It has been widely noted that President-elect Barack Obama is a reader of poetry. Only days after winning the election, Mr. Obama was spotted with a copy of Derek Walcott’s collected poems. (Walcott recently penned his own poem about Mr. Obama). The president-elect even tried his hand at writing poetry, publishing two pieces in a 1981 literary journal.
Therefore it came as no surprise last week when it was announced a poet would read at the inauguration ceremony for the first time since 1997. As millions of people watch around the world, poet Elizabeth Alexander will present an original work.
“I have to take a deep breath and do what I do,” Alexander said in a recent phone interview. “[Mr. Obama] is asking us to bring what we have to the table, to contribute what we have, so it is not like I have to figure out how to be a poet from scratch suddenly.”
Alexander will be just the fourth poet to read at a swearing-in ceremony for the nation’s highest office: Robert Frost recited “The Gift Outright” at John F. Kennedy’s in 1961; Maya Angelou read “On the Pulse of Morning” at Bill Clinton’s in 1993; and Miller Williams’ “Of History and Hope” was also read for Clinton in 1997. (James Dickey almost made it, reading his poem, “The Strength of Fields,” at Jimmy Carter’s inauguration eve gala at the Kennedy Center in 1977.) Alexander is the author of four volumes of poetry, including “American Sublime,” which was a finalist for the 2005 Pulitzer Prize.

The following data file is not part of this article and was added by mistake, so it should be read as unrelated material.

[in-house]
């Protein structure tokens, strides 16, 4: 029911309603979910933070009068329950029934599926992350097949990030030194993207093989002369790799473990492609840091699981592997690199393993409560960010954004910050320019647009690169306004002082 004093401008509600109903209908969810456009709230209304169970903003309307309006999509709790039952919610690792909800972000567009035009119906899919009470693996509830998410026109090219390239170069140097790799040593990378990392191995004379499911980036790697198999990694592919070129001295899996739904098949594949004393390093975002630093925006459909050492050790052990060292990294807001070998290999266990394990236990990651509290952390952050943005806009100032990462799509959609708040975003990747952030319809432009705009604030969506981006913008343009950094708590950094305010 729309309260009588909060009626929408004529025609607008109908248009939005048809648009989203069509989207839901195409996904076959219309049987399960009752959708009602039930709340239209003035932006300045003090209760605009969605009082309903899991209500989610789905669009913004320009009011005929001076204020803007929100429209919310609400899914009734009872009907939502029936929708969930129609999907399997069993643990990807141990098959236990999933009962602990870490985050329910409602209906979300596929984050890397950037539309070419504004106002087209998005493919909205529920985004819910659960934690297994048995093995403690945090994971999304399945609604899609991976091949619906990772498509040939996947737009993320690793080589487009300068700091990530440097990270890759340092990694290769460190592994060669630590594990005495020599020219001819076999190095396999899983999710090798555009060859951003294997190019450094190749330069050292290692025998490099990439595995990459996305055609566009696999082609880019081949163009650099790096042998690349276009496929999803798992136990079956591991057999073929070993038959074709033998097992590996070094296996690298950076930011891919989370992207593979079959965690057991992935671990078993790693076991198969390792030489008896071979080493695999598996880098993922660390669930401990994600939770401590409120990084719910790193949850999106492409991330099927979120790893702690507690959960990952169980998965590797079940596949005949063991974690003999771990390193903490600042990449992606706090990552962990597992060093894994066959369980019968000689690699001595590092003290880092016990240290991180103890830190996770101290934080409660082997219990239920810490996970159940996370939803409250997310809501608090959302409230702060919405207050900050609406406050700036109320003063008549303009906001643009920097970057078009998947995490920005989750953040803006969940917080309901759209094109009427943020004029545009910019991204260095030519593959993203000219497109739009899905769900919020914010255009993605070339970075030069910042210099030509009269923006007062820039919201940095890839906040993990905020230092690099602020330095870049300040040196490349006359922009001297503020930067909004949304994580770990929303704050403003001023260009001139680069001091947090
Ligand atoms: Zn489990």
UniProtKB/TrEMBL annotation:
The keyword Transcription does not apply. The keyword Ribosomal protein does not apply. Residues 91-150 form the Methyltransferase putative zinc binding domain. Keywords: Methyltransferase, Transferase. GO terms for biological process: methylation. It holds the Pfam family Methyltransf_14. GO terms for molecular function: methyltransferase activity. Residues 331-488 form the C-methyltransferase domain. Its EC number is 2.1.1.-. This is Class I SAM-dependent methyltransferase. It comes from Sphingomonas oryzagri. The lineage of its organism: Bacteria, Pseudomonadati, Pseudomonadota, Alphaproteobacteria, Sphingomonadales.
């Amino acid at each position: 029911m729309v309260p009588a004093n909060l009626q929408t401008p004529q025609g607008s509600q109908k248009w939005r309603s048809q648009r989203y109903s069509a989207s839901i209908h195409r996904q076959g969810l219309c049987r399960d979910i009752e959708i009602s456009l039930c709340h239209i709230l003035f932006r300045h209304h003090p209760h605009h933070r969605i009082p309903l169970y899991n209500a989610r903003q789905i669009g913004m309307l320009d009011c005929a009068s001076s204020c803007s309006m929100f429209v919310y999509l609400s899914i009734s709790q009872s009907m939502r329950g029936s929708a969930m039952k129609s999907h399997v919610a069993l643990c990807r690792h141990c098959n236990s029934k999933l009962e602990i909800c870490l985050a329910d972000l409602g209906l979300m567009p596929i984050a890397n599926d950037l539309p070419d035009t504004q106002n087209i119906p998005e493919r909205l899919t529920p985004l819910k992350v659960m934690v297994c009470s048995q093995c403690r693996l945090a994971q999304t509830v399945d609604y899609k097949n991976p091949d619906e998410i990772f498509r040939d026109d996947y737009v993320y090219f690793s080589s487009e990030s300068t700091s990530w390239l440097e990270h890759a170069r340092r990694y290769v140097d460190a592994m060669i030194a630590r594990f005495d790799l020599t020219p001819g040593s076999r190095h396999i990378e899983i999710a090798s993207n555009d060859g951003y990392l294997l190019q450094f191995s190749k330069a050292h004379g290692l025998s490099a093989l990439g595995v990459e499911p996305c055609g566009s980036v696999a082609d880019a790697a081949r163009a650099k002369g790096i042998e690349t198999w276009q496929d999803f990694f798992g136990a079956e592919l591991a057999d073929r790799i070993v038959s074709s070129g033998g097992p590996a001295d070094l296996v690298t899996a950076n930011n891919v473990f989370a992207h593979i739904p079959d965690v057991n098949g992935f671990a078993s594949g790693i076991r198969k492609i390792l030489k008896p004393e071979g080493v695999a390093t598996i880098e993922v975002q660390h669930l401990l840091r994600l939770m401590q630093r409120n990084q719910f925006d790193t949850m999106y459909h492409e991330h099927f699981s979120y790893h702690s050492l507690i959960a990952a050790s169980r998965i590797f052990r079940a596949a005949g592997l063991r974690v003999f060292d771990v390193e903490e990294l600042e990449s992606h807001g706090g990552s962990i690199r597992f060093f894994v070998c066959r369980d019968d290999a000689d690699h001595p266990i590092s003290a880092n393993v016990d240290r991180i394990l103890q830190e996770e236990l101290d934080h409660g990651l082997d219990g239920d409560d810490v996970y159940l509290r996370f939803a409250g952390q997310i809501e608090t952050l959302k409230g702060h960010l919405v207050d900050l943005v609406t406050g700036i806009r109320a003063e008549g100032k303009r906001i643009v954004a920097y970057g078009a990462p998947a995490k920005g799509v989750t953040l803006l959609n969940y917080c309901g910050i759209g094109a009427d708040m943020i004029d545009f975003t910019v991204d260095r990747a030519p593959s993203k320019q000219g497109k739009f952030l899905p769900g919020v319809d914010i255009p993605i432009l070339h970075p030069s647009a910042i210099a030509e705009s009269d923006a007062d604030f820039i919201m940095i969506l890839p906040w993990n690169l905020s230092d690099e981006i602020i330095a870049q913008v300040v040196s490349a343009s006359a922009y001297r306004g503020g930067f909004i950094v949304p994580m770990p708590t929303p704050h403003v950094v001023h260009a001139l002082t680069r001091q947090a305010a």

A professor and incoming chair of African-American studies at Yale University, Alexander is keenly aware of the writers that have come before her. “I have edited Gwendolyn Brooks’s poems. In my scholarship, I have tried to create that lineage to black poets and black women poets and how society has changed,” she said.
Born in Harlem and raised in Washington, D.C., Alexander was just a year old when her parents took her to see Martin Luther King Jr. delivered his “I Have a Dream” speech at the Lincoln Memorial. On Jan. 20, she will gaze across the National Mall to those historic steps and have her own moment to address the nation.
Asked how she is crafting her poem, Alexander said, “I am trying to both be quiet inside and keep my ears open outside to listen to where we are right now.”
Alexander met and later became friends with the Obamas in the 1990s while she was teaching at the University of Chicago. Her brother, Mark, works on President-elect Obama’s transition team and was a senior adviser to the campaign.
In his most recent appearance on NBC’s Meet the Press, Mr. Obama said he wants to open up the White House to showcase a variety of artists and performers, including poets. Upon hearing that pledge, Alexander said it shows the incoming president has “a clear respect for our art.”
Next week, Jeffrey Brown’s discussion with Alexander is scheduled to air on the NewsHour. On Monday, you can watch her read her work here on Art Beat.
Editor’s note: You can find more information about Alexander and listen to her discuss past inauguration poets at the Poetry Foundation.